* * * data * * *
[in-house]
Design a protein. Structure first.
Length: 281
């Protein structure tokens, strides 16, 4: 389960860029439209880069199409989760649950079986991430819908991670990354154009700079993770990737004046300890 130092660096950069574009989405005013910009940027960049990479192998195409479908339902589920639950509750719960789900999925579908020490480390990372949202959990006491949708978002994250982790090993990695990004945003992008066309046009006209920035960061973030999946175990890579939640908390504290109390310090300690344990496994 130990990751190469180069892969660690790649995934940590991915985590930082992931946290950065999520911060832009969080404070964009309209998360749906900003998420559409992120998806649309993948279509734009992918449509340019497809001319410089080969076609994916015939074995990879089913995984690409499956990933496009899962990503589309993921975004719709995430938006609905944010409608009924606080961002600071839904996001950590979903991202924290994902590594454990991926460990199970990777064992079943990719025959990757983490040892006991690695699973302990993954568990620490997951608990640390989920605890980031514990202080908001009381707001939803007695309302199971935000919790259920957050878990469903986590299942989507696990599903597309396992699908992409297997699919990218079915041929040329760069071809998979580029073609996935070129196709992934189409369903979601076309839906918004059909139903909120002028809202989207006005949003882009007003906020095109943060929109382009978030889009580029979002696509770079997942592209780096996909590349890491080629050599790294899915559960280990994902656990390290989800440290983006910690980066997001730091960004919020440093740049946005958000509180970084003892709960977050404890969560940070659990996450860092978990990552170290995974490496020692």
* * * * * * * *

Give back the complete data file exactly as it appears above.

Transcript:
[in-house]
Design a protein. Structure first.
Length: 281
């Protein structure tokens, strides 16, 4: 389960860029439209880069199409989760649950079986991430819908991670990354154009700079993770990737004046300890 130092660096950069574009989405005013910009940027960049990479192998195409479908339902589920639950509750719960789900999925579908020490480390990372949202959990006491949708978002994250982790090993990695990004945003992008066309046009006209920035960061973030999946175990890579939640908390504290109390310090300690344990496994 130990990751190469180069892969660690790649995934940590991915985590930082992931946290950065999520911060832009969080404070964009309209998360749906900003998420559409992120998806649309993948279509734009992918449509340019497809001319410089080969076609994916015939074995990879089913995984690409499956990933496009899962990503589309993921975004719709995430938006609905944010409608009924606080961002600071839904996001950590979903991202924290994902590594454990991926460990199970990777064992079943990719025959990757983490040892006991690695699973302990993954568990620490997951608990640390989920605890980031514990202080908001009381707001939803007695309302199971935000919790259920957050878990469903986590299942989507696990599903597309396992699908992409297997699919990218079915041929040329760069071809998979580029073609996935070129196709992934189409369903979601076309839906918004059909139903909120002028809202989207006005949003882009007003906020095109943060929109382009978030889009580029979002696509770079997942592209780096996909590349890491080629050599790294899915559960280990994902656990390290989800440290983006910690980066997001730091960004919020440093740049946005958000509180970084003892709960977050404890969560940070659990996450860092978990990552170290995974490496020692």